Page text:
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'Neuonral Calcium Channel Trafficking and Function: Relevance to Chronic Pain'

The Mabel Fitzgerald Lecture 2019, in honour of the pioneering physiologist and clinical pathologist renowned for her work on the physiology of respiration, is to take place on Monday 21 January at 4pm in the Large Lecture Theatre, Sherrington Building.

The talk, entitled Neuronal calcium channel trafficking and function: relevance to chronic pain, is due to be given by Professor Annette C. Dolphin FRS, Professor of Pharmacology in the Department of Neuroscience, Physiology and Pharmacology at University College London.

Annette Dolphin received her BA in Natural Sciences (Biochemistry) from the University of Oxford and her PhD from University of London, Institute of Psychiatry.  She then held postdoctoral fellowships at the College de France in Paris, and at Yale University, before returning to UK to the National Institute for Medical Research; followed by a lectureship in the Pharmacology Department of St. George’s Hospital Medical School, London University.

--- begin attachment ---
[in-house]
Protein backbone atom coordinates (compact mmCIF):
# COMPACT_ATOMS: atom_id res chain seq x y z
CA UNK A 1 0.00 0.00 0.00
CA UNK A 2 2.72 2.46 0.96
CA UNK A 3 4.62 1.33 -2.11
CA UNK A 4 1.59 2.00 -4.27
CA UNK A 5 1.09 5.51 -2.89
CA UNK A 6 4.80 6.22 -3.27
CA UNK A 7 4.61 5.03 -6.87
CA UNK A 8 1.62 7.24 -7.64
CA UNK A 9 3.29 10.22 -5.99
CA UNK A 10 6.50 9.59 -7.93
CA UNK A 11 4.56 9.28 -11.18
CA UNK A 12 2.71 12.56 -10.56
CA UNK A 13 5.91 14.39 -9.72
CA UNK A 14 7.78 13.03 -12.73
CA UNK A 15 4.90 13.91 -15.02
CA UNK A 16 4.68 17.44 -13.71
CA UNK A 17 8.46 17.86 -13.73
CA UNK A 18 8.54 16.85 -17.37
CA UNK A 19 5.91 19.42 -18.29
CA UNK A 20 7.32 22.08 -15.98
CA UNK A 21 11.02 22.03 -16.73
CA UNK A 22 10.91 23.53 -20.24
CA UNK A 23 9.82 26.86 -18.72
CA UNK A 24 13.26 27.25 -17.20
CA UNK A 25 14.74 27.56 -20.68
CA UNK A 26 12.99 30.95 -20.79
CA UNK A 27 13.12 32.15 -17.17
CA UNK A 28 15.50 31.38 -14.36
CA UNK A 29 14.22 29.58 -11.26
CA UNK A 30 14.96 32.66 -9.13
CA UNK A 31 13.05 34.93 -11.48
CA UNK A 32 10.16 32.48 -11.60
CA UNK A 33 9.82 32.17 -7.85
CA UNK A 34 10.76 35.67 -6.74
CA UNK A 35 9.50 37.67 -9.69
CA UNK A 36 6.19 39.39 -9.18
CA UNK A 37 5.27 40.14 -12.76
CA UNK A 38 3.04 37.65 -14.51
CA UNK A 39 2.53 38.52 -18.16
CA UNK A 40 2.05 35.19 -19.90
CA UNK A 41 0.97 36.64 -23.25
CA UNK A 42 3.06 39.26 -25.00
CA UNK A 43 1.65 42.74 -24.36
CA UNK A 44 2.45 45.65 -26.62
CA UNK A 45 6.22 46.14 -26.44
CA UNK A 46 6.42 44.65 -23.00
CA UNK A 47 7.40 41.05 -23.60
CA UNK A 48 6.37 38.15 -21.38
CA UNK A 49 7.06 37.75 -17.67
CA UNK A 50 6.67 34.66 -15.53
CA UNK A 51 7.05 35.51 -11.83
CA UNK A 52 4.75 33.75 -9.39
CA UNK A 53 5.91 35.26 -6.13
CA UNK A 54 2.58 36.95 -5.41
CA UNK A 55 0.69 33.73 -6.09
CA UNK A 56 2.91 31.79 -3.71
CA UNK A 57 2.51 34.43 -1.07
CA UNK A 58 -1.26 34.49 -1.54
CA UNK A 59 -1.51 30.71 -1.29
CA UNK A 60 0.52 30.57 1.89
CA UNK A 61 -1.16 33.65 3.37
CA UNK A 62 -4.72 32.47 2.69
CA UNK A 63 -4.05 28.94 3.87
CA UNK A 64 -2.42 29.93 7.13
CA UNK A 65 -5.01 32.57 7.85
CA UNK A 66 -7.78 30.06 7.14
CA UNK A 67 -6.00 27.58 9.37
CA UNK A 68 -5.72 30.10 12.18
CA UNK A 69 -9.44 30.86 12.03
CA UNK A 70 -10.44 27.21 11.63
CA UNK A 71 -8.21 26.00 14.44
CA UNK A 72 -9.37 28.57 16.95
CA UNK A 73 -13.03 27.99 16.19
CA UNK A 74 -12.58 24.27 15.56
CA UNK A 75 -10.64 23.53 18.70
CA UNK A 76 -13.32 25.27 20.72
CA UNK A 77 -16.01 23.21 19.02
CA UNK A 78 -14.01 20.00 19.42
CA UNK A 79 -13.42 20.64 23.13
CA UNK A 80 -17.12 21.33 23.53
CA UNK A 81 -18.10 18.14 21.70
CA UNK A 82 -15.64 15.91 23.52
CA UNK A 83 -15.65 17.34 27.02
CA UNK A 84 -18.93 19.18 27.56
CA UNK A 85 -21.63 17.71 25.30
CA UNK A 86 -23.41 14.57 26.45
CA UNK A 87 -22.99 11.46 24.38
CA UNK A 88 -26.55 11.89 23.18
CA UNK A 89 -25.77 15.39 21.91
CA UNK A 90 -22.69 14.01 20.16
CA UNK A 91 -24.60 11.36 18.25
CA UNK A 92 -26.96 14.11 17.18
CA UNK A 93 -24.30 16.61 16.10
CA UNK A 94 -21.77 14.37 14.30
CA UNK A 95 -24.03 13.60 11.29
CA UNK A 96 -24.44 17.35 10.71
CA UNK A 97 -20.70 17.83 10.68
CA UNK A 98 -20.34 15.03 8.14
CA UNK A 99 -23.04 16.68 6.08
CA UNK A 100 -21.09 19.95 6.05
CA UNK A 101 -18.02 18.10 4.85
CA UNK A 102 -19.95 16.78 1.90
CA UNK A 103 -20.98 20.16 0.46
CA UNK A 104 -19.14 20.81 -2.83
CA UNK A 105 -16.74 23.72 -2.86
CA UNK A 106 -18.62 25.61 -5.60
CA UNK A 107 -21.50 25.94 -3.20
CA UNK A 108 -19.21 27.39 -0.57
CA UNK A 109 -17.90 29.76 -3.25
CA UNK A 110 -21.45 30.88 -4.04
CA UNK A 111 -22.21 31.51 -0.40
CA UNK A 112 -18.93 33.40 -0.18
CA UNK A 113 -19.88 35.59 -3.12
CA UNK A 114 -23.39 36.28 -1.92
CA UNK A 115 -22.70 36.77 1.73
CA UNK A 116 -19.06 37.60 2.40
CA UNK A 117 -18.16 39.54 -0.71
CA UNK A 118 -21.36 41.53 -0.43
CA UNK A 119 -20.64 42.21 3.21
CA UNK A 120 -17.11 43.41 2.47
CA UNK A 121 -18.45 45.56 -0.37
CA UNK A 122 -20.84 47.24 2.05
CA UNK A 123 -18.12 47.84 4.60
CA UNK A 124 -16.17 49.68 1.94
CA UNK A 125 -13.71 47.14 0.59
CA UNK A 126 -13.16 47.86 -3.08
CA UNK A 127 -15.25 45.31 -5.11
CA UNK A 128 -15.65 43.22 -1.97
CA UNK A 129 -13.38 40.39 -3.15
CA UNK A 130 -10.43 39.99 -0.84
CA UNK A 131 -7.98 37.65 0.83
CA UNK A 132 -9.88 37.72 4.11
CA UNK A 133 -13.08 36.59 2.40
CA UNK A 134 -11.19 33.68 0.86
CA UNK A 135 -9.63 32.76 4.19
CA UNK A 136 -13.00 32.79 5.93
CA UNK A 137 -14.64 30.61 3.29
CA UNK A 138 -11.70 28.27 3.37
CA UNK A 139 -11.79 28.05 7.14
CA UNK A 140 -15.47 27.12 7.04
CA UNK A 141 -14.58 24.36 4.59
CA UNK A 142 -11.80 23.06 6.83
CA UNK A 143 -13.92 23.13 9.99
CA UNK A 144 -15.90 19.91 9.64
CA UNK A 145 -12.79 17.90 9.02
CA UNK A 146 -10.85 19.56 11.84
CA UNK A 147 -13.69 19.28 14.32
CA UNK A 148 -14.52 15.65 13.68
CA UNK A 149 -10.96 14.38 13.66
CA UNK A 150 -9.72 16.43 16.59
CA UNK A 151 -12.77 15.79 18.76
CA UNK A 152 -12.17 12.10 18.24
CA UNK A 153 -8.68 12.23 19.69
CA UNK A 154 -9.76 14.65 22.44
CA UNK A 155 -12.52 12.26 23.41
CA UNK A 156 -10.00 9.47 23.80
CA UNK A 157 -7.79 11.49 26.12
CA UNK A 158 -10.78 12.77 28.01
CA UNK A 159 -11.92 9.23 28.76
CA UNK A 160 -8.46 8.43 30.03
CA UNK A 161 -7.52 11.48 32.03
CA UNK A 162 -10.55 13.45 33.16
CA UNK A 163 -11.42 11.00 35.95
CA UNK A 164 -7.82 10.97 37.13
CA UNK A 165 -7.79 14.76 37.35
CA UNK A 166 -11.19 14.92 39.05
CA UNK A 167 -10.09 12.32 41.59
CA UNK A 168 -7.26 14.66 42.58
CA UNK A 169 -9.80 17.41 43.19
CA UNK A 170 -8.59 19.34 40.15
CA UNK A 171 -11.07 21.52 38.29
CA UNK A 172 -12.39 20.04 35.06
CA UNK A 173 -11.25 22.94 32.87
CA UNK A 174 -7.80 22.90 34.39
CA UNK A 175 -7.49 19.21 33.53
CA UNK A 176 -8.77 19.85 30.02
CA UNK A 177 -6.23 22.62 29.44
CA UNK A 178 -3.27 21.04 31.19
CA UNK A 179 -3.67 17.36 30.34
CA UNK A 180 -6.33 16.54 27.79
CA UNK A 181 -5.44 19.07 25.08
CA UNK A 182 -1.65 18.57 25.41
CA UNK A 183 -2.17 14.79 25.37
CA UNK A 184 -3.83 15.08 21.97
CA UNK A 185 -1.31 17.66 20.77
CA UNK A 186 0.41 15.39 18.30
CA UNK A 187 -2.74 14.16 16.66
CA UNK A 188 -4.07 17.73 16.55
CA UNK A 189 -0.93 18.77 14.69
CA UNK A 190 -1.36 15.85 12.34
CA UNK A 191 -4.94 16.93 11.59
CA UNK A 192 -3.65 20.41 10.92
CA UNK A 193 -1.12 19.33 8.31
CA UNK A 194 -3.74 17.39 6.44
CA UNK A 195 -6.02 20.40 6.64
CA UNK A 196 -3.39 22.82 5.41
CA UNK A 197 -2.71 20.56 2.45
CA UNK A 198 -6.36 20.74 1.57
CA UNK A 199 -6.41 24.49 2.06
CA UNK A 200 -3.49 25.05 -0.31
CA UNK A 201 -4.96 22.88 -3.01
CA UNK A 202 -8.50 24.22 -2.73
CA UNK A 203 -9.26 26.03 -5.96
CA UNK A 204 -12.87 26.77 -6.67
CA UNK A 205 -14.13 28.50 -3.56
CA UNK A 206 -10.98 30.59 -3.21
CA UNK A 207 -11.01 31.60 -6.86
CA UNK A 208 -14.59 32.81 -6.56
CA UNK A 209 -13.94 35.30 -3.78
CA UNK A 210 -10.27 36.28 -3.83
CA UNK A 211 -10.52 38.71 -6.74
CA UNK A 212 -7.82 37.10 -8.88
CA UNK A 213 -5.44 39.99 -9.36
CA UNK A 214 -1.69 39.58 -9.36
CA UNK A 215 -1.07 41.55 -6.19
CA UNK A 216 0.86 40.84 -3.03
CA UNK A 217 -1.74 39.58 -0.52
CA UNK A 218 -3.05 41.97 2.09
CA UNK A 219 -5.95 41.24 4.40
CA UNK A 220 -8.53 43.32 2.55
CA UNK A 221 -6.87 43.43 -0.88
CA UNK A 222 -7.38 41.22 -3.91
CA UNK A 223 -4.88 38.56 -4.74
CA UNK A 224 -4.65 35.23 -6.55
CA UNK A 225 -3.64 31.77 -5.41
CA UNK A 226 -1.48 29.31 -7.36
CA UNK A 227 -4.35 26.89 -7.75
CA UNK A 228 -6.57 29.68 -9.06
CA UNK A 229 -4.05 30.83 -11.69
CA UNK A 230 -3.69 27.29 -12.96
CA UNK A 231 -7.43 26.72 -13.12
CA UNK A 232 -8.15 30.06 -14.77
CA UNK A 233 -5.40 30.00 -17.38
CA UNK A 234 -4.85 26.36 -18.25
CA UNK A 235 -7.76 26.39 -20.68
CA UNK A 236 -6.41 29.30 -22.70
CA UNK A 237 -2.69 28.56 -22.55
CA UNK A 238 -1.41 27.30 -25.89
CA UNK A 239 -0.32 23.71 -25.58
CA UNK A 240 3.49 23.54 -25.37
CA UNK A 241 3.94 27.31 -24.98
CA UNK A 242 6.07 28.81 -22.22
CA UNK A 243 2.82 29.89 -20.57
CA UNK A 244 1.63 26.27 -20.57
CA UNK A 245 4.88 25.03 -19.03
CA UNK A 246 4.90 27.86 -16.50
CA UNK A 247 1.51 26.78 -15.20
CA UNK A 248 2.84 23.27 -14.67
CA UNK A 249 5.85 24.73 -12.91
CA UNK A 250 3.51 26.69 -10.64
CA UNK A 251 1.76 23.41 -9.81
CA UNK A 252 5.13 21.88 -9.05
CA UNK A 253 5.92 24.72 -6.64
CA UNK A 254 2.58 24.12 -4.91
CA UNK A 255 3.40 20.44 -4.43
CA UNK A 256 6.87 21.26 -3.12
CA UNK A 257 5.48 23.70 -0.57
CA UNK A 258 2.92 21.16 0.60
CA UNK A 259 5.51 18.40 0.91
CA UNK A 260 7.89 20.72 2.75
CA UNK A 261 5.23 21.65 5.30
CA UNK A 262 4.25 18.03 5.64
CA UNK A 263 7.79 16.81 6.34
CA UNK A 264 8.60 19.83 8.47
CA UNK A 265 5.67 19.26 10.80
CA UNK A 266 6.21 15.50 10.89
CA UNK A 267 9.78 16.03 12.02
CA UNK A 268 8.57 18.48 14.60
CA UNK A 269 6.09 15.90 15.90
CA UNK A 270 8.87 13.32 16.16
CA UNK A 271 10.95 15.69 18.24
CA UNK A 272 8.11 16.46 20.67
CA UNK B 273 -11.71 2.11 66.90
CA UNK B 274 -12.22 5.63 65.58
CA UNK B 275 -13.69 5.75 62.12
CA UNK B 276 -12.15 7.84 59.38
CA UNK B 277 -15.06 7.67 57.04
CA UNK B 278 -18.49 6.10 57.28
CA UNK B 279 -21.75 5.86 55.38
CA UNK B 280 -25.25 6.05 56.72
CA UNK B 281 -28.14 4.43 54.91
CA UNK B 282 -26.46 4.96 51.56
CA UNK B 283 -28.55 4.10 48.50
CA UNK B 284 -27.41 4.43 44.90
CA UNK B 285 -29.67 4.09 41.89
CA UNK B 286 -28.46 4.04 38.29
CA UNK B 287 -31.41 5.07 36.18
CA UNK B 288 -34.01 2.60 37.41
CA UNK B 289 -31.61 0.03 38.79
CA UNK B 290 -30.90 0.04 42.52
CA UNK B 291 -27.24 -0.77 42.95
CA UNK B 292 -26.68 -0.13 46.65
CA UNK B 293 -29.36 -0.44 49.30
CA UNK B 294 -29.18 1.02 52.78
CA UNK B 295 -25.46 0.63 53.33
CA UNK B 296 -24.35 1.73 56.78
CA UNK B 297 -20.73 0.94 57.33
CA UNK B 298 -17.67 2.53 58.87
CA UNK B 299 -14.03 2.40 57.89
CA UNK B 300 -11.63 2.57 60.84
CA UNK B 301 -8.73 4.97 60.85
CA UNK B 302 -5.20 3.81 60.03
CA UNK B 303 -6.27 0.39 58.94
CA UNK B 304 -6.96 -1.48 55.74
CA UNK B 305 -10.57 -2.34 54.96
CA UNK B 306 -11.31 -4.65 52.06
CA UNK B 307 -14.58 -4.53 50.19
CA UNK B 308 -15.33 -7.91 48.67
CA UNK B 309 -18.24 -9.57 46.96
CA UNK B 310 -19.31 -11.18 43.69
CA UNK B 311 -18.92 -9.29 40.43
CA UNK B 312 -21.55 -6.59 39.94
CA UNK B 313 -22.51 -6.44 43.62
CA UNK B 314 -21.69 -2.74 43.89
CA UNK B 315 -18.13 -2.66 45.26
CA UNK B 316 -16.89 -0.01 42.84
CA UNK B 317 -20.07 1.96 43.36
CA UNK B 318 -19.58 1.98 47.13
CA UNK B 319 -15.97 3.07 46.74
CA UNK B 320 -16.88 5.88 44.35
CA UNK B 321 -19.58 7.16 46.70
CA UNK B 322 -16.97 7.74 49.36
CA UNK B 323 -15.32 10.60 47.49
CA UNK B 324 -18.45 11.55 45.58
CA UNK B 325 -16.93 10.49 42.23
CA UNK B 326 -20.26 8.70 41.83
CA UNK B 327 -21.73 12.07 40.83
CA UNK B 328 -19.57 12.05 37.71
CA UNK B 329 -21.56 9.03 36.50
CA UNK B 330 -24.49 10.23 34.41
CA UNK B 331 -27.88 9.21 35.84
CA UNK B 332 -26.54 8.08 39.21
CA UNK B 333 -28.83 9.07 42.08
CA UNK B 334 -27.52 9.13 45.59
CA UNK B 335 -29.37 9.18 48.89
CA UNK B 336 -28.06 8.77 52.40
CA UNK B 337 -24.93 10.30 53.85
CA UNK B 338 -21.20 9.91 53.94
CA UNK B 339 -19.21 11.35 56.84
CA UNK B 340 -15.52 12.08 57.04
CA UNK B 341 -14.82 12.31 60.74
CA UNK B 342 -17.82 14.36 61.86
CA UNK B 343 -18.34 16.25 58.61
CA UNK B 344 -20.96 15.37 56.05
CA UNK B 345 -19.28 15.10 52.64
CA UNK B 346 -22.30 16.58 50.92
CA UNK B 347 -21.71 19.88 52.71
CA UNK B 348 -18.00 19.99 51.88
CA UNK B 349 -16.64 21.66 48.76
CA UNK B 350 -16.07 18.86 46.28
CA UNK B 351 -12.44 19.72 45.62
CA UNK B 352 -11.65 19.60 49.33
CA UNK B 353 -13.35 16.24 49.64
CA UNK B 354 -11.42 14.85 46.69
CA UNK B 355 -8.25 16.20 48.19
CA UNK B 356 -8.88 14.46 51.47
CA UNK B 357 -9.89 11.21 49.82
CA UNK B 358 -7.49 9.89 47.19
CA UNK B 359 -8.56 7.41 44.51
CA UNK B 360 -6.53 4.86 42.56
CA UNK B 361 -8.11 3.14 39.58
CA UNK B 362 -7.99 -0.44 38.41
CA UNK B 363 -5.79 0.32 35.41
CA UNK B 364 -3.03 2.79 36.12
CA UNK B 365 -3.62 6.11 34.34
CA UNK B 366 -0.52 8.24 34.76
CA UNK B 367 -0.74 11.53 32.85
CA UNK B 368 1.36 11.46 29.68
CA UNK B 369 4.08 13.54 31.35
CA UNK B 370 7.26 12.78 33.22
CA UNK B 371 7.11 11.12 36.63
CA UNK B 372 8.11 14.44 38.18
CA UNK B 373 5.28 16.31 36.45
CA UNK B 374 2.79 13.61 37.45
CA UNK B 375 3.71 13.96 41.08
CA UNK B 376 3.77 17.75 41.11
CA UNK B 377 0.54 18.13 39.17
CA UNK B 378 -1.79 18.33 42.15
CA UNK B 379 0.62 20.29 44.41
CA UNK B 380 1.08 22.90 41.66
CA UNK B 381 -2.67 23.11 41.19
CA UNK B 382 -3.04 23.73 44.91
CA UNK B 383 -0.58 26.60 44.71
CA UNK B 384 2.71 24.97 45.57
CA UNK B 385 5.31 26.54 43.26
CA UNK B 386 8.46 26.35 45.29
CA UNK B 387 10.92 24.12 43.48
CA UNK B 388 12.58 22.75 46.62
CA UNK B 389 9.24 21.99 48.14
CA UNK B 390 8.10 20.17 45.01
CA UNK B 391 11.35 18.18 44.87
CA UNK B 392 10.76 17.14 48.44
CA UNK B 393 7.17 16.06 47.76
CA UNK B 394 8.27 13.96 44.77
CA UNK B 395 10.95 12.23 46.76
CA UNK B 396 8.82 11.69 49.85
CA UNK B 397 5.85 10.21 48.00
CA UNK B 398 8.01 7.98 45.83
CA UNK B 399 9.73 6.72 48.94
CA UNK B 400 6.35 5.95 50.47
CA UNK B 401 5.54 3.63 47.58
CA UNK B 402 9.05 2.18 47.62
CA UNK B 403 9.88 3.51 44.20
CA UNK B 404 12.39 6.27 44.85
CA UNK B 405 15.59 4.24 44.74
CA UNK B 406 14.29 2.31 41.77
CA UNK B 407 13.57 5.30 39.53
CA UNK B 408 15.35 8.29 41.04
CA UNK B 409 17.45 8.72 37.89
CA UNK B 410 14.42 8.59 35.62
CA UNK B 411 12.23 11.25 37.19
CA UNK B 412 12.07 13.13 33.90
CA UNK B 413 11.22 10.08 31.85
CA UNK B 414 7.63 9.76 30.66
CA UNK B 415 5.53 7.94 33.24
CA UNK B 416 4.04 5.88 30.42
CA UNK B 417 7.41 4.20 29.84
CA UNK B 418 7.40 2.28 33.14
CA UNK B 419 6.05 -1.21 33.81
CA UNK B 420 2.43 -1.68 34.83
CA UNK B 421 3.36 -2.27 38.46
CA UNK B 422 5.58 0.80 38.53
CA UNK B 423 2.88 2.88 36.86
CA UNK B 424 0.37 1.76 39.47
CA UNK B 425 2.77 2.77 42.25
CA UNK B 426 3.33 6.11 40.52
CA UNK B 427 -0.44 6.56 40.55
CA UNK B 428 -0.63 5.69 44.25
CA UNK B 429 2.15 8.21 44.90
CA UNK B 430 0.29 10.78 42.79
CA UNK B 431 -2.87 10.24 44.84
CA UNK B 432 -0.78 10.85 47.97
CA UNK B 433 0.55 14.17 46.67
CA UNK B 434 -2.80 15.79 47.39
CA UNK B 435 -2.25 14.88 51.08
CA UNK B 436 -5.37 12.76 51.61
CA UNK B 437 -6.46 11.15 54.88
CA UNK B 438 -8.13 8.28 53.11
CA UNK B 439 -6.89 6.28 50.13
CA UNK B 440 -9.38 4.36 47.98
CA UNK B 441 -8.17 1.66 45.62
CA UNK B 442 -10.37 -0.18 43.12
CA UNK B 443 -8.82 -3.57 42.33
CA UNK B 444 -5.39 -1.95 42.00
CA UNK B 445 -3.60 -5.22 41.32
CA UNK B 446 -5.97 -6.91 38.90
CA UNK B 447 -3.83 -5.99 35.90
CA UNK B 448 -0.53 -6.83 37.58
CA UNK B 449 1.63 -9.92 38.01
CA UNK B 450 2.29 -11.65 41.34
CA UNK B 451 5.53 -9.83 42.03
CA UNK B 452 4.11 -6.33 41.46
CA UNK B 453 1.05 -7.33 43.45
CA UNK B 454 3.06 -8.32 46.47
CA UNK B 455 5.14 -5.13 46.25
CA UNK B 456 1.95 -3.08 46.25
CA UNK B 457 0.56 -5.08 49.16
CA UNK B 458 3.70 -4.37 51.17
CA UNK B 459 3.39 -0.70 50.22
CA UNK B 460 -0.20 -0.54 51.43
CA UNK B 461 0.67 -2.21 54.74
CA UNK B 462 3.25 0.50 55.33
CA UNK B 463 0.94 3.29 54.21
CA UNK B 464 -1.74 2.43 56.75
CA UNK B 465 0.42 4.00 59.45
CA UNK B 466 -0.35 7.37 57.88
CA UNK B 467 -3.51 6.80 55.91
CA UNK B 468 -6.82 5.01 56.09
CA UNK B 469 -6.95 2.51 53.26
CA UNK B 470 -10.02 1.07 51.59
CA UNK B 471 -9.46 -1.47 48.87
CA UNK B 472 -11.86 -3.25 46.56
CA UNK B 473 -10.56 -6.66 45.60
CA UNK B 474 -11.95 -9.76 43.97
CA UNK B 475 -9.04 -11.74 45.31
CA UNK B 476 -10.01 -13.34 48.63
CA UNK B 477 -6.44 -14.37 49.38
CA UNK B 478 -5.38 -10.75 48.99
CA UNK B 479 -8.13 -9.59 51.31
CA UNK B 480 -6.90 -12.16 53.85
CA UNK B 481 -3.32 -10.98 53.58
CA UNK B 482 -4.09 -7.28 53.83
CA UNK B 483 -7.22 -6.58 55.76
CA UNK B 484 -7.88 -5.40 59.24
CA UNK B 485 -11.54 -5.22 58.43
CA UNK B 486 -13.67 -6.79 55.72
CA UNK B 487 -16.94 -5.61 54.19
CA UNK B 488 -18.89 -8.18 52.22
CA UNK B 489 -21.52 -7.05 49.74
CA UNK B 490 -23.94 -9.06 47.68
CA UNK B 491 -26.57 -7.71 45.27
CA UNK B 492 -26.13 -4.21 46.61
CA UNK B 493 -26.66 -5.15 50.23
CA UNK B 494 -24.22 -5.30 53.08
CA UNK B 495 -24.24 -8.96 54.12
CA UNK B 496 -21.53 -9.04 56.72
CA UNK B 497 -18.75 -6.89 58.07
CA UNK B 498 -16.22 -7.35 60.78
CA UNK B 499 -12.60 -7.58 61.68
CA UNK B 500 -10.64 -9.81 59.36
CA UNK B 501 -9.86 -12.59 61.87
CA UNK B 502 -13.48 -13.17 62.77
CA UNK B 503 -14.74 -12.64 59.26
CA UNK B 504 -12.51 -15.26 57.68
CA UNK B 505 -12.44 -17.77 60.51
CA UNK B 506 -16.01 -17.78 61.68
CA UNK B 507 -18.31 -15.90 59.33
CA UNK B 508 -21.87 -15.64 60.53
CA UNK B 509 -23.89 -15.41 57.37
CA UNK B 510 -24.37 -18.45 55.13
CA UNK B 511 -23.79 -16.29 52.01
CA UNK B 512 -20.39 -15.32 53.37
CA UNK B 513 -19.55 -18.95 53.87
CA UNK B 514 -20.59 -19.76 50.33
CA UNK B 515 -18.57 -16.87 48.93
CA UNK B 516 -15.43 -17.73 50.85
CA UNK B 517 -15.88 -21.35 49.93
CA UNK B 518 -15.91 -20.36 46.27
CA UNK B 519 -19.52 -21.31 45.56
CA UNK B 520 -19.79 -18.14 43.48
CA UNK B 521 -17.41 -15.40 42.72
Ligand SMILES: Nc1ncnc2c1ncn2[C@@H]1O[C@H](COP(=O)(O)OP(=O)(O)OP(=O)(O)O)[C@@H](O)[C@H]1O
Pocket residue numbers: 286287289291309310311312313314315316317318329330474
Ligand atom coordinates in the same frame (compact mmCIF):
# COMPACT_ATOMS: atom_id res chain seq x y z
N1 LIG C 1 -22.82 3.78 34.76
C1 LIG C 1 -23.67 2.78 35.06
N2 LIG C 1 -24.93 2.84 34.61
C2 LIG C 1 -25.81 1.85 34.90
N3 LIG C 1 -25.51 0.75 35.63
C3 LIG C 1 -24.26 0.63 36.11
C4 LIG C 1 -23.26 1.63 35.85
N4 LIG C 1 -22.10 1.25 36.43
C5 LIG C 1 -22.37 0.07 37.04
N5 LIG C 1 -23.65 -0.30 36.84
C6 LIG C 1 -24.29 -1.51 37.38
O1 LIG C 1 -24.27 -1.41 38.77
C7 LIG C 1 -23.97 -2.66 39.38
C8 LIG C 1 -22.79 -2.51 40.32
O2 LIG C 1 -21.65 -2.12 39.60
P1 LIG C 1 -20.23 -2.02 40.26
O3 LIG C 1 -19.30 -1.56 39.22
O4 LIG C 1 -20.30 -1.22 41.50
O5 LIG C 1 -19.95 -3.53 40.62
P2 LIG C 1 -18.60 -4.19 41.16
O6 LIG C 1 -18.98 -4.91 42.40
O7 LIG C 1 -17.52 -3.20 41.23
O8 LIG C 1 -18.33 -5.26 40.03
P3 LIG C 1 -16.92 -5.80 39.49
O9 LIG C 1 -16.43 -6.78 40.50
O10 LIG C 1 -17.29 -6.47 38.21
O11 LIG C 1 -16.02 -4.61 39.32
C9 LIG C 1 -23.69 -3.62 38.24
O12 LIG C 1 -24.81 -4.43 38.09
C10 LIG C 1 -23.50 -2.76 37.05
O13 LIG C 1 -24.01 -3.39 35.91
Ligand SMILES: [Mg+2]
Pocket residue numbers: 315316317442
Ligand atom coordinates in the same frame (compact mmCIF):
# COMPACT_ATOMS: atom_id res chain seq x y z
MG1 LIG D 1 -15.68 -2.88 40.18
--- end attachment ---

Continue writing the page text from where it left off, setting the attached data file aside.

She was appointed Chair of the Department of Pharmacology at Royal Free Hospital School of Medicine, London University in 1990, and moved to University College London in 1997.  She was elected to the Academy of Medical Sciences in 1999, the Royal Society in 2015 and Academia Europea in 2018.  She is a Wellcome Trust Senior Investigator, and held a Royal Society Leverhulme Trust Senior Research fellowship (2016-17). 

Annette is an ion channel physiologist, with a particular interest in studying voltage-gated calcium channel function.  She has many years’ experience running a research lab in academia; for the last 20 years, at University College London.  She is particularly interested in the physiology and pharmacology of neuronal calcium channels, and in diseases involving these channels.  Her research utilises electrophysiology, as well as biochemical and imaging techniques.  Her most recent work relates particularly to the role of neuronal calcium channels in peripheral pain pathways.

The event this year will not only involve a lecture from Professor Dolphin, but also a drinks and canapes reception in the Sherrington foyer.